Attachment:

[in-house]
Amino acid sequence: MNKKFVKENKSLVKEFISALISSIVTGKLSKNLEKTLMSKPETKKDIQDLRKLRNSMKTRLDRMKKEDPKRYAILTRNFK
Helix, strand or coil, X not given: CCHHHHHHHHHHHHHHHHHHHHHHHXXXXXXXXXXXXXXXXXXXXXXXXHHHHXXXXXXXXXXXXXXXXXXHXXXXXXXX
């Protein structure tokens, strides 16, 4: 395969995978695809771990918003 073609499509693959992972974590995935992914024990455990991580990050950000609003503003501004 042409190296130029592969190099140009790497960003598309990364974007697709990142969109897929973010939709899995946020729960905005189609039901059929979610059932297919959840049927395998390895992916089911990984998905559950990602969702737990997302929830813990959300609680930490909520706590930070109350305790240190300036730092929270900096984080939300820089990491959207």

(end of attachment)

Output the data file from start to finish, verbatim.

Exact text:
[in-house]
Amino acid sequence: MNKKFVKENKSLVKEFISALISSIVTGKLSKNLEKTLMSKPETKKDIQDLRKLRNSMKTRLDRMKKEDPKRYAILTRNFK
Helix, strand or coil, X not given: CCHHHHHHHHHHHHHHHHHHHHHHHXXXXXXXXXXXXXXXXXXXXXXXXHHHHXXXXXXXXXXXXXXXXXXHXXXXXXXX
């Protein structure tokens, strides 16, 4: 395969995978695809771990918003 073609499509693959992972974590995935992914024990455990991580990050950000609003503003501004 042409190296130029592969190099140009790497960003598309990364974007697709990142969109897929973010939709899995946020729960905005189609039901059929979610059932297919959840049927395998390895992916089911990984998905559950990602969702737990997302929830813990959300609680930490909520706590930070109350305790240190300036730092929270900096984080939300820089990491959207």